Friday, November 14, 2014

Survival Medicine: Tampons, Effective for Bullet Wounds?

During my time learning about survival techniques I have heard it said many times that a tampon is an effective stopper for a bullet wound. It makes sense to me. Tampons are individually wrapped so they remain sanitary. They are meant for collecting blood. They would expand to fill the wound and stop bleeding but I wanted to find out if this really was an effective method or not. Here's what I found.

I found an article by one unanimous prepper who is an Emergency Medical Technician and he said this is a fallacy and there are many reasons why using a tampon is a bad idea. He points out that putting in the tampon manipulates the wound and could make the wound worse. Another valid point that he makes is that the tampons soak up too much blood and could have dangerous effects. He goes on to mention that since tampons are made of cotton they stick to material and tissue, making the wound messy and their expansion also expands the wound. Another point he brings up is if you left the tampon in too long the blood and tissue would dry to the tampons. When you remove it you would essentially be making a new wound inside the old one. His final point is that simply sticking a tampon in the hole does nothing to address internal bleeding. 

I never considered all of these points but they all make sense too. So what to do? introduces a new product on their blog that has been introduced to our soldiers to use on the battlefield. It's called an X-stat and it's made by RevMedx (featured in right hand picture). Popular Science touts it as being able to stop bleeding in just 15 minutes. It is a tube of dime sized medical grade sponges that are covered with a hemostatic agent to stop bleeding. RevMedx claims that the number one cause of death on the battlefield is uncontrolled bleeding and many of these injuries occur to areas where pressure can not be applied. This product addresses this issue but it is not yet available to the general public.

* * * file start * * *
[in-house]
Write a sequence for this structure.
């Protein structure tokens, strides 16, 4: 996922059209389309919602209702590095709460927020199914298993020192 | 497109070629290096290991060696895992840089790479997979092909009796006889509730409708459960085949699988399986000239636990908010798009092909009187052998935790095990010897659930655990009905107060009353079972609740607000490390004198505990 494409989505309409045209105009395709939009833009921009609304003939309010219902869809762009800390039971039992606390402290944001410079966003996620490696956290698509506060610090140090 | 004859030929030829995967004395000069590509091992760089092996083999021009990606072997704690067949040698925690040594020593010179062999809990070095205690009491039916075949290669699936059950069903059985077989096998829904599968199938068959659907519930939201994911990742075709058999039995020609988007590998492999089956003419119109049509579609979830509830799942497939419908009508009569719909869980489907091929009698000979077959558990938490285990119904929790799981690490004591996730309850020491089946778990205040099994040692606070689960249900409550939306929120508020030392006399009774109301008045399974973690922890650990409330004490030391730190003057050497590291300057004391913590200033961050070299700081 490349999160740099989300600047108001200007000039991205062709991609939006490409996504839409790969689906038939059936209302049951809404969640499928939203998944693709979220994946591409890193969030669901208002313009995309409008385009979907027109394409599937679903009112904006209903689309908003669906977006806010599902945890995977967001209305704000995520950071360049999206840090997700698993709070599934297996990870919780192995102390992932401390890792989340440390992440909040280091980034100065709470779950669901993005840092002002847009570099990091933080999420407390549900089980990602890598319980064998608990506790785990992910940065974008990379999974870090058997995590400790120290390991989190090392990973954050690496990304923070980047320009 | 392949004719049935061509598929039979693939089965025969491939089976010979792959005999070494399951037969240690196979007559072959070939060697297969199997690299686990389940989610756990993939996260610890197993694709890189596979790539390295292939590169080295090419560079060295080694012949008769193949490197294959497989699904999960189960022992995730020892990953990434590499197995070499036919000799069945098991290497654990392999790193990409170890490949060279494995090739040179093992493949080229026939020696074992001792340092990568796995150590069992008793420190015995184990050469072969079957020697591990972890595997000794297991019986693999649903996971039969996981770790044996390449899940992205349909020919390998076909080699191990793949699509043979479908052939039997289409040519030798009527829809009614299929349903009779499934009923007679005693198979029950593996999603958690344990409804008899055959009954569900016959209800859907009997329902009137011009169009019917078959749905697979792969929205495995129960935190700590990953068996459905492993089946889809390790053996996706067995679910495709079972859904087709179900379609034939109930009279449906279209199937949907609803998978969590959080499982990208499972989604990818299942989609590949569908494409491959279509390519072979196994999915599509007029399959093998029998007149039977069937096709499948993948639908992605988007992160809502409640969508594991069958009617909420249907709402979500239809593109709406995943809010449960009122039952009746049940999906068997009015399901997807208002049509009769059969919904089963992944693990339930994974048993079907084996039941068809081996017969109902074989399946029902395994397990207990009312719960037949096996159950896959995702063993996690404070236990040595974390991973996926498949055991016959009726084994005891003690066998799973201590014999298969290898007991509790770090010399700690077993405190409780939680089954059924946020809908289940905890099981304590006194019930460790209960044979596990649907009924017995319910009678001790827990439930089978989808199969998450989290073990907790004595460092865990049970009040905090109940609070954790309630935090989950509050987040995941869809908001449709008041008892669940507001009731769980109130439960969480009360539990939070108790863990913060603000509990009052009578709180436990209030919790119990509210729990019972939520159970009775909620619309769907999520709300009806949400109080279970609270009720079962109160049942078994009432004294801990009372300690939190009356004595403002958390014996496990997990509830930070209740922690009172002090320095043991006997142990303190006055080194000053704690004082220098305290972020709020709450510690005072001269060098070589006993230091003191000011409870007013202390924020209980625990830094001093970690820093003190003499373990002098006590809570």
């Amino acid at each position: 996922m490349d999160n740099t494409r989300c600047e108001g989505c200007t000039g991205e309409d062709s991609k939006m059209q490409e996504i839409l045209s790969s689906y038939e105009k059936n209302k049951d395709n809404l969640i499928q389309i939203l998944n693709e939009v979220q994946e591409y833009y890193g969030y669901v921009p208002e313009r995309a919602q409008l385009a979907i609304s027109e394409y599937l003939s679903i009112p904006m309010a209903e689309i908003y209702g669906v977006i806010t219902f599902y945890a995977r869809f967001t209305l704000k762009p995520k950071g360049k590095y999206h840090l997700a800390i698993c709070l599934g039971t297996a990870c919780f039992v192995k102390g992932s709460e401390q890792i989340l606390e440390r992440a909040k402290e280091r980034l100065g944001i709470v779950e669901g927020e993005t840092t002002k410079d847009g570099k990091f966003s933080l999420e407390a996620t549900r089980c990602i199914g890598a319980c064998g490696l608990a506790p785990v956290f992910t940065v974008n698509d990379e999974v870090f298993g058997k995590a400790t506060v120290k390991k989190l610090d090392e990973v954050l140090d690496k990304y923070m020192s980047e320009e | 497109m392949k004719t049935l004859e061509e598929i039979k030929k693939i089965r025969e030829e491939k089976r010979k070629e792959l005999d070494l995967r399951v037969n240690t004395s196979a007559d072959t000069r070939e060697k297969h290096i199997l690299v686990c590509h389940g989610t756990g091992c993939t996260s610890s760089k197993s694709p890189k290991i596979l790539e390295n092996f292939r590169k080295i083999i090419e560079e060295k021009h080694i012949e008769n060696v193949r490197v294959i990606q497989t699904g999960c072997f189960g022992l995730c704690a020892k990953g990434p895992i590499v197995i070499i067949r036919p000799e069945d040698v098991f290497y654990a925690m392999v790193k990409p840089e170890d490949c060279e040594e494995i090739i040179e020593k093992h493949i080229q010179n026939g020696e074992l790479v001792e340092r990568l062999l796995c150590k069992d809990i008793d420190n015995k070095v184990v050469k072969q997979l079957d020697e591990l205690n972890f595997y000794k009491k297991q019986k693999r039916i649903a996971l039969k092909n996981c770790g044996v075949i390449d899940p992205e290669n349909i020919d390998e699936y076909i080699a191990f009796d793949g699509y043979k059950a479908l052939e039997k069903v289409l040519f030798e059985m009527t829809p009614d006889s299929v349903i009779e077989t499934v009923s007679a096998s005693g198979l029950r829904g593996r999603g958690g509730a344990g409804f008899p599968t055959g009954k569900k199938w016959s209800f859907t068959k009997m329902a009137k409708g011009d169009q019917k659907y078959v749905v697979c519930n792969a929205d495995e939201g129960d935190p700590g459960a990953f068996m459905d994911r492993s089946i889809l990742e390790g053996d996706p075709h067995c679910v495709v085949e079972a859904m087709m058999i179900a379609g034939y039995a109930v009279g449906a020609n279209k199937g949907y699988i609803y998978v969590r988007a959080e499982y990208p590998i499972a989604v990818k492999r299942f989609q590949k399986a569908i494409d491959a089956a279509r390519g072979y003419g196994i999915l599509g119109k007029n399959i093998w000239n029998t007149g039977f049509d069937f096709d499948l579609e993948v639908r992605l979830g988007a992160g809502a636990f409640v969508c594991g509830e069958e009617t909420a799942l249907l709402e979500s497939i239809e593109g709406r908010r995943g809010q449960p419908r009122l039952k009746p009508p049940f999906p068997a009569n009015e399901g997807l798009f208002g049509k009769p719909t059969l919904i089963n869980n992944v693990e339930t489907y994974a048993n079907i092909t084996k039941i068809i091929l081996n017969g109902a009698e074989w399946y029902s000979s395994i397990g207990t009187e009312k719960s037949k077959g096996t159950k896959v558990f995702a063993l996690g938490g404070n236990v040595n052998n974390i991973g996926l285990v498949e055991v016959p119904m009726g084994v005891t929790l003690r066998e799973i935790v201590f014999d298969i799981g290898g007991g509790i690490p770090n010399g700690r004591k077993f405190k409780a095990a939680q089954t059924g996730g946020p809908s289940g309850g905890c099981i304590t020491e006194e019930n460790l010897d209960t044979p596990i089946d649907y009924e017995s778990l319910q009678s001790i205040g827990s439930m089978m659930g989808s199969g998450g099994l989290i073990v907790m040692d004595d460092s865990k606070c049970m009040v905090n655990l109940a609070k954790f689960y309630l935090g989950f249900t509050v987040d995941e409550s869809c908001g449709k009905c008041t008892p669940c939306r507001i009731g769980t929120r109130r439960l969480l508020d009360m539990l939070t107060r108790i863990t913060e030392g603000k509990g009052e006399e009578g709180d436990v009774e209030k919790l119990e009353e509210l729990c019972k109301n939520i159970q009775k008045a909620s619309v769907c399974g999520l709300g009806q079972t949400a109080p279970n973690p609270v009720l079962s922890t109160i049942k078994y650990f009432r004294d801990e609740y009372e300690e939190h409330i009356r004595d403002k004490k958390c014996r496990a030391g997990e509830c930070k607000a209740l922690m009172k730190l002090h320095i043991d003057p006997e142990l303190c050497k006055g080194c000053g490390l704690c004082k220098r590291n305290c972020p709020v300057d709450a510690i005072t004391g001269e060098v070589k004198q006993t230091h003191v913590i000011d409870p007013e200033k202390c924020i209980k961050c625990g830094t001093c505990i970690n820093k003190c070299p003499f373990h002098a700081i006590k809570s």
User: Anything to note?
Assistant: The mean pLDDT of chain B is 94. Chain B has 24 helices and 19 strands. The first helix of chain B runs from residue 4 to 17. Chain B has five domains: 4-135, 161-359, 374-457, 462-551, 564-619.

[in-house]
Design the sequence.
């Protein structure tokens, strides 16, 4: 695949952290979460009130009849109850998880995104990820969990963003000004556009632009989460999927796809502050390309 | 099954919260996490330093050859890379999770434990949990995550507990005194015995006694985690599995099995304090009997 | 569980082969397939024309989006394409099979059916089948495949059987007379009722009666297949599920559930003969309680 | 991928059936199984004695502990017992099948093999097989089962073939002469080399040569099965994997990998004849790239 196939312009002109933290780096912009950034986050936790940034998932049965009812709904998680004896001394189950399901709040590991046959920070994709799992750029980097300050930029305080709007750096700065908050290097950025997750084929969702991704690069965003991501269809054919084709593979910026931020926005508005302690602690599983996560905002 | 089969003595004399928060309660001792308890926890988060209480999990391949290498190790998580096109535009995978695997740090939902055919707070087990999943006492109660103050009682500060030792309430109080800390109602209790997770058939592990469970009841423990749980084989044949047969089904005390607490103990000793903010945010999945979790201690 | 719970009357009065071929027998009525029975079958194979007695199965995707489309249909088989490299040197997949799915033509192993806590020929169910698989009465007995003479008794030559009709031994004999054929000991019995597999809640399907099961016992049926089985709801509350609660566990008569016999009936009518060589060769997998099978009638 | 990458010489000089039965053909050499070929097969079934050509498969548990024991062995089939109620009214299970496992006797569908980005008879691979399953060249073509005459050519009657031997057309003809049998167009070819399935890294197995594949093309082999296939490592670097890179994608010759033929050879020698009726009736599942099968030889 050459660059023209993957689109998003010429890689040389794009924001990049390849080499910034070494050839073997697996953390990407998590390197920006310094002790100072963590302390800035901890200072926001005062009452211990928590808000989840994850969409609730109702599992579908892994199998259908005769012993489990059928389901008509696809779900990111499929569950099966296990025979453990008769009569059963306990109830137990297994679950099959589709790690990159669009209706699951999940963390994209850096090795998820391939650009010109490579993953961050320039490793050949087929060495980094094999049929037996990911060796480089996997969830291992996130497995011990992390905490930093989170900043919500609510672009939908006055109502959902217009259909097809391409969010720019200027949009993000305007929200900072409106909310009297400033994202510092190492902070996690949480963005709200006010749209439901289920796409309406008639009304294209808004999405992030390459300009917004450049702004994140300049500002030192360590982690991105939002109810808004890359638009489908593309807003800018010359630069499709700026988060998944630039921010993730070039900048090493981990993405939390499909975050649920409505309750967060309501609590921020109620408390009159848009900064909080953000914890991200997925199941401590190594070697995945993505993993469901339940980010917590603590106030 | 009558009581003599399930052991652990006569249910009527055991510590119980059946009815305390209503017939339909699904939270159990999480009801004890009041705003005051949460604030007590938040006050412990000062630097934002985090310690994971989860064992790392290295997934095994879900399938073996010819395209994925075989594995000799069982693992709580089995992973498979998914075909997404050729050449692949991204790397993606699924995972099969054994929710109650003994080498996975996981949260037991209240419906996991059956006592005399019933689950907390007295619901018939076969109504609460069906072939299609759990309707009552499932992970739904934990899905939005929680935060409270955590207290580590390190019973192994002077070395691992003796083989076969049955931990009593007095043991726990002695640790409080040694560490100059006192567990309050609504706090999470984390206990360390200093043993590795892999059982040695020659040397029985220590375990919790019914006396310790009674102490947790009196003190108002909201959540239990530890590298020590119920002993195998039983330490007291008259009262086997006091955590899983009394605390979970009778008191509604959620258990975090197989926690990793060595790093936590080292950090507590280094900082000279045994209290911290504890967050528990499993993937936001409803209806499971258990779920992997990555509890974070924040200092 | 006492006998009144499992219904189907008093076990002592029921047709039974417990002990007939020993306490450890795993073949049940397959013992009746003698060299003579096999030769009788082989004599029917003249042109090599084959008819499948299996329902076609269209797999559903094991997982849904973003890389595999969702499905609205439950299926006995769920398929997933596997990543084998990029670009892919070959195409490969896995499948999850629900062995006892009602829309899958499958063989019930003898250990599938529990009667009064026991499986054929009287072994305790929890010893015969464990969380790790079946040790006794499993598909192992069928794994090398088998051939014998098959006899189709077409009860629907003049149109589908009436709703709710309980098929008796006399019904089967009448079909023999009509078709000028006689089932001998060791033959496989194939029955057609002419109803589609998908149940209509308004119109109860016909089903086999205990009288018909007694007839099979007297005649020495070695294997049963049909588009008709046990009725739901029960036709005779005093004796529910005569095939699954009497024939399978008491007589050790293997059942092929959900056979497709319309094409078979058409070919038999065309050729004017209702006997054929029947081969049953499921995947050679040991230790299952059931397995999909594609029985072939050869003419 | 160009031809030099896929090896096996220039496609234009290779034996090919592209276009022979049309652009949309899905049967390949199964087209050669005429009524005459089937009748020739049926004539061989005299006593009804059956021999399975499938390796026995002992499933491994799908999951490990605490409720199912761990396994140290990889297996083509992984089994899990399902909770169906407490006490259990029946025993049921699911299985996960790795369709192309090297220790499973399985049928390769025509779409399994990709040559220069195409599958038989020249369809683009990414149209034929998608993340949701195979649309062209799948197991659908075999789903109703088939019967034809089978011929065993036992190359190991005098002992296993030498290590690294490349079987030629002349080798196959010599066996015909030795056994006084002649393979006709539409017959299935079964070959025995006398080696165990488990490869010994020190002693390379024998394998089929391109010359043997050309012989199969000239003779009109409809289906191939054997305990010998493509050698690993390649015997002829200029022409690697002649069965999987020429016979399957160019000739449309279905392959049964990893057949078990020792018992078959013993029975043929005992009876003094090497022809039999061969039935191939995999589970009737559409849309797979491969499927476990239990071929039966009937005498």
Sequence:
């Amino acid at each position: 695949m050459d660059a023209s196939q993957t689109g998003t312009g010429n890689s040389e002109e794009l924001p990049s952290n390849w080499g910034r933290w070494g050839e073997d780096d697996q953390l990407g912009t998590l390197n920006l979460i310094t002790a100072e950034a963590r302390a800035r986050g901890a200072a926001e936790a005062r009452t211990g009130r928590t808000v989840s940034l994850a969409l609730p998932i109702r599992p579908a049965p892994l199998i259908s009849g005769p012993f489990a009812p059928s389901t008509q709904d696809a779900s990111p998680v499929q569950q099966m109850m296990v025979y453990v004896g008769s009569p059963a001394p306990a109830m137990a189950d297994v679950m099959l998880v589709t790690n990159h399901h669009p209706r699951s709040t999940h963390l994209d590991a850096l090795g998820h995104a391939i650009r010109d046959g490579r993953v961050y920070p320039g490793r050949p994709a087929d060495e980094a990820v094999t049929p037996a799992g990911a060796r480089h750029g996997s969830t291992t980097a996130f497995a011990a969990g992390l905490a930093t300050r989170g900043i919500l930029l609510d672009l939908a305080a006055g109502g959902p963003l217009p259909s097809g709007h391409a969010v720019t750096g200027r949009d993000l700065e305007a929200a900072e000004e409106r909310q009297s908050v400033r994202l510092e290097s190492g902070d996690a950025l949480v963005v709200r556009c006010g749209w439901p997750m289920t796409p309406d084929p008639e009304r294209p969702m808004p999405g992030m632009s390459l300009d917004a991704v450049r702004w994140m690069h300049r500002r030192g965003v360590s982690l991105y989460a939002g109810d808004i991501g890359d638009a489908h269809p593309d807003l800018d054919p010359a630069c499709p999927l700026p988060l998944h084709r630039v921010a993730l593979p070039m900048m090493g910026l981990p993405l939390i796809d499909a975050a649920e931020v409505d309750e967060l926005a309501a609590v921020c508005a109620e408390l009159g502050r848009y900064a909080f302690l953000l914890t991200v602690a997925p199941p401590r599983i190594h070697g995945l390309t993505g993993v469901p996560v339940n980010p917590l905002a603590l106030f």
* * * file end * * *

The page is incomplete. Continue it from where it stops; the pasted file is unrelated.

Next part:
In the mean time if the SHTF do we turn to our stockpiles of tampons to help with the inevitable bullet wounds or not? I am no medical specialist but I would say yes. When there is no immediate medical help available you have to do what you have to do. If you have the choice between watching someone bleed out before your eyes or doing what you can to stop the bleeding, of course, you have to stop the bleeding. At that point complications from the bandage will probably be the least of your worries anyway.

Sara F. Hathaway
Sara F. Hathaway is the author of the The Changing Earth Series: Day After Disaster and Without Land. She also hosts The Changing Earth Podcast which blends her fictional stories with educational survival tips. Sara grew up in the country where she developed a profound interest in the natural world around her. After graduating with honors from The California State University of Sacramento with a Bachelor of Science in Business Administration, she launched into a career in business management. In her fictional novels her research and experience with survival techniques and forgotten life-sustaining methods of the generations past come to the forefront in a action packed adventures. She has used her background in business management to pave new roads for fictional authors to follow and she delights in helping other achieve the same success. She currently lives with her husband and two sons in California where she is at work on the sequel to her first two novels. For more information and a free copy of “The Go-Bag Essentials” featuring everything you need to have to leave your home in a disaster visit:
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